I’m blindly biased; not to the point where he can do no wrong in my eyes but managed differently back in the day and who knows what he’d have been.

    Premier Icon Spin
    Free Member

    Not saying it’s right but that was the culture at sports clubs, and probably still is to an extent. Toughen them up, see if they have enough ‘ticker’

    A mate of mine was a half decent goalie in the late 80’s/early 90’s. He had a few starts for the Motherwell* first team then quit football entirely because of the bullying culture. He had lots of stories about coaches screaming insults in his face, getting pushed around, slapped and having his hair pulled.

    *I’ll head off the obvious comments about my use of the terms ‘half decent’ and ‘Motherwell’. 🙂

    Premier Icon DickBarton
    Free Member

    There are plenty of stories of that culture coming to light now – it really isn’t good and I’m certainly not defend it but that does seem to have been the standard normal culture and thinking back then. Loads of sports are flagging these kinds of sorry stories and it is really bad.
    I suspect if you are in the thick of it and heavily involved you aren’t aware of it as it is what is done, but I’d hope many people looking back would be embarrassed about how they behaved and likewise, I hope all this is making current coaches/trainers/clubs/players across all sports look to how they can encourage and improve without such a bully-esque culture.

    Premier Icon argee
    Full Member

    A friend of a friend was a youth player at Tottenham and he said that whilst Gazza was there he’d love to tackle the young players rather over-enthusiasticly. Was something of a bully at times. As they could not retaliate.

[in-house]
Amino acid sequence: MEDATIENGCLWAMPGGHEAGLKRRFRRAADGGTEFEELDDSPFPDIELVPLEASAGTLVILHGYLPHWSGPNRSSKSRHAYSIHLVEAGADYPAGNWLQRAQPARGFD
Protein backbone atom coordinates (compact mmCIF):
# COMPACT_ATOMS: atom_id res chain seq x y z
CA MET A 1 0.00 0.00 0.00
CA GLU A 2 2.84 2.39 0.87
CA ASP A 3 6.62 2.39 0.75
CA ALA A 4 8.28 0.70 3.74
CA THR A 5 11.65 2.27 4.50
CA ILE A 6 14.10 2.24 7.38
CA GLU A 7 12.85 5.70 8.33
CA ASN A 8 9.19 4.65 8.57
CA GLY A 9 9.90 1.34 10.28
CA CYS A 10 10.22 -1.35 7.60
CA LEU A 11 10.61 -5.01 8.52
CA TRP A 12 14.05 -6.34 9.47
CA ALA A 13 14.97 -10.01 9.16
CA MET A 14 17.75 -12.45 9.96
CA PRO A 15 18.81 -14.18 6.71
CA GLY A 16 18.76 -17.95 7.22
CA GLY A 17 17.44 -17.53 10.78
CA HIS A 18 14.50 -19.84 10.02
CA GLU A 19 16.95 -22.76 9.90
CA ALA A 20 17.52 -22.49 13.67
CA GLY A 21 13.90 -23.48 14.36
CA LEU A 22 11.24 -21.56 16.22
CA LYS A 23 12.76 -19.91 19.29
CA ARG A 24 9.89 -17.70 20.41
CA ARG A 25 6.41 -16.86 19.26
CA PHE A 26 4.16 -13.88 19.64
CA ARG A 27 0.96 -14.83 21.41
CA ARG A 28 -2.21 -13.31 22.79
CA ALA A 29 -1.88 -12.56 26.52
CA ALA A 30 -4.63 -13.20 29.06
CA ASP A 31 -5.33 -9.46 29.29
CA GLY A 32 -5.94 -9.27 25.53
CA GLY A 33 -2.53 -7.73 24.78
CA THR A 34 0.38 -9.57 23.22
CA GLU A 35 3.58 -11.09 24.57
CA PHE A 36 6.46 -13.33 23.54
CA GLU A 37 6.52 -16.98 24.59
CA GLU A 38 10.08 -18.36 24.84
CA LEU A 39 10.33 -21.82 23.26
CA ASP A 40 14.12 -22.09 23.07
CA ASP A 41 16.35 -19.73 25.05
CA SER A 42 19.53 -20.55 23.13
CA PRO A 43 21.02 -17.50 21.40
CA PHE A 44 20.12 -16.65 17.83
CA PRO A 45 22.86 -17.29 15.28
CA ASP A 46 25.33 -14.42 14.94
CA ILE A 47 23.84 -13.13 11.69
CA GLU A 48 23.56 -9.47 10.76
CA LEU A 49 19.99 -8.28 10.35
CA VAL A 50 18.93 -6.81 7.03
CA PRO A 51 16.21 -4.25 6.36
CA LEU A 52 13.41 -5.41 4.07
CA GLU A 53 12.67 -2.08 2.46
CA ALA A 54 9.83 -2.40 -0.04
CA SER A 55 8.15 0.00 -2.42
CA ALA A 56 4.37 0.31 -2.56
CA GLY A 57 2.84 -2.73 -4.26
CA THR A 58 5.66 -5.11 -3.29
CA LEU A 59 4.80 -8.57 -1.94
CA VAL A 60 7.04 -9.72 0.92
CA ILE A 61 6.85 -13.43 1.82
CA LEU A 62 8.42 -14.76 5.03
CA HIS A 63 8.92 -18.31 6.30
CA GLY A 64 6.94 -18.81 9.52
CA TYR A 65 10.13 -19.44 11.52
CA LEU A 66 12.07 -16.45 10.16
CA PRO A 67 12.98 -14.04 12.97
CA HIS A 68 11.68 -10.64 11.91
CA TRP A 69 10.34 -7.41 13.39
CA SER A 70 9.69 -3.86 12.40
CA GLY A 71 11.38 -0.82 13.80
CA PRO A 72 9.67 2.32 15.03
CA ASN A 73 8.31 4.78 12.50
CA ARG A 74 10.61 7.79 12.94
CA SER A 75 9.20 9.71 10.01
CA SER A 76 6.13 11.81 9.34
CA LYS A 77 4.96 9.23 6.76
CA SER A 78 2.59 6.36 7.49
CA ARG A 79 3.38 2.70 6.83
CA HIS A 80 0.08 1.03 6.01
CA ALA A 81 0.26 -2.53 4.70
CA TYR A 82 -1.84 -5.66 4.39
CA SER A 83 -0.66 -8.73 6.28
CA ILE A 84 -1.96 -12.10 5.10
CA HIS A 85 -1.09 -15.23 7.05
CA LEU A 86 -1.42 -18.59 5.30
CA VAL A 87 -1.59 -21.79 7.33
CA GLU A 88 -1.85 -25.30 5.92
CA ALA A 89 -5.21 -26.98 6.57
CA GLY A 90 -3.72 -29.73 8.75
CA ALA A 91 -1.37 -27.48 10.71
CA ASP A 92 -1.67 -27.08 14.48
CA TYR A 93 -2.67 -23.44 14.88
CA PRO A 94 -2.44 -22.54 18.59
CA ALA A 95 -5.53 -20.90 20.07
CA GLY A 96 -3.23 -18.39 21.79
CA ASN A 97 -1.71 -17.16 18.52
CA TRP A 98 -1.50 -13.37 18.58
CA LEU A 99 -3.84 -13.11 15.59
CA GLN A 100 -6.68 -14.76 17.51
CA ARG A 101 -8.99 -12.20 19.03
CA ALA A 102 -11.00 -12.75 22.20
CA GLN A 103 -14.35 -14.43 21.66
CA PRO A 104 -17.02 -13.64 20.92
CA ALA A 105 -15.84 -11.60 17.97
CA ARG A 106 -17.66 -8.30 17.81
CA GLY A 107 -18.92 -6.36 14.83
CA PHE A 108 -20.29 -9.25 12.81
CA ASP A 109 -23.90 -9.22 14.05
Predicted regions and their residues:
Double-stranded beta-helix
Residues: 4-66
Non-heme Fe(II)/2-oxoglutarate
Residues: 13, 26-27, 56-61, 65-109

There were similar stories at his time in Glasgow, the biggest problem was that the management and team would stick up for him, instead of bringing him into line.

    He was just self destructive, through mental issues i’d say more than anything else, but he did destroy his marriage, abuse his wife and do a hell of a lot of bad stuff that you just can’t write off, it’s the same with Mike Tyson, he had a horrific upbringing, was manipulated and used, then went to jail for a horrific crime, because nobody was there to keep him in check, the big difference is that Tyson nowadays looks back and has real remorse about what he used to be.

    Premier Icon IHN
    Full Member

    the big difference is that Tyson nowadays looks back and has real remorse about what he used to be.

    How do you know Gazza doesn’t?

    Premier Icon binners
    Free Member

    While we’re on the subject of both documentaries and now Mike Tyson, if you’ve not watched the Tyson v Bruno documentary on Sky then its an absolute must watch. A fascinating insight into both their personalities, the iconic fight and then a genuinely touching meeting between the two of them recently where they discuss it all and being open about suffering from severe depression

    Premier Icon Caher
    Full Member

    Love to see that but not subscribed to Sky.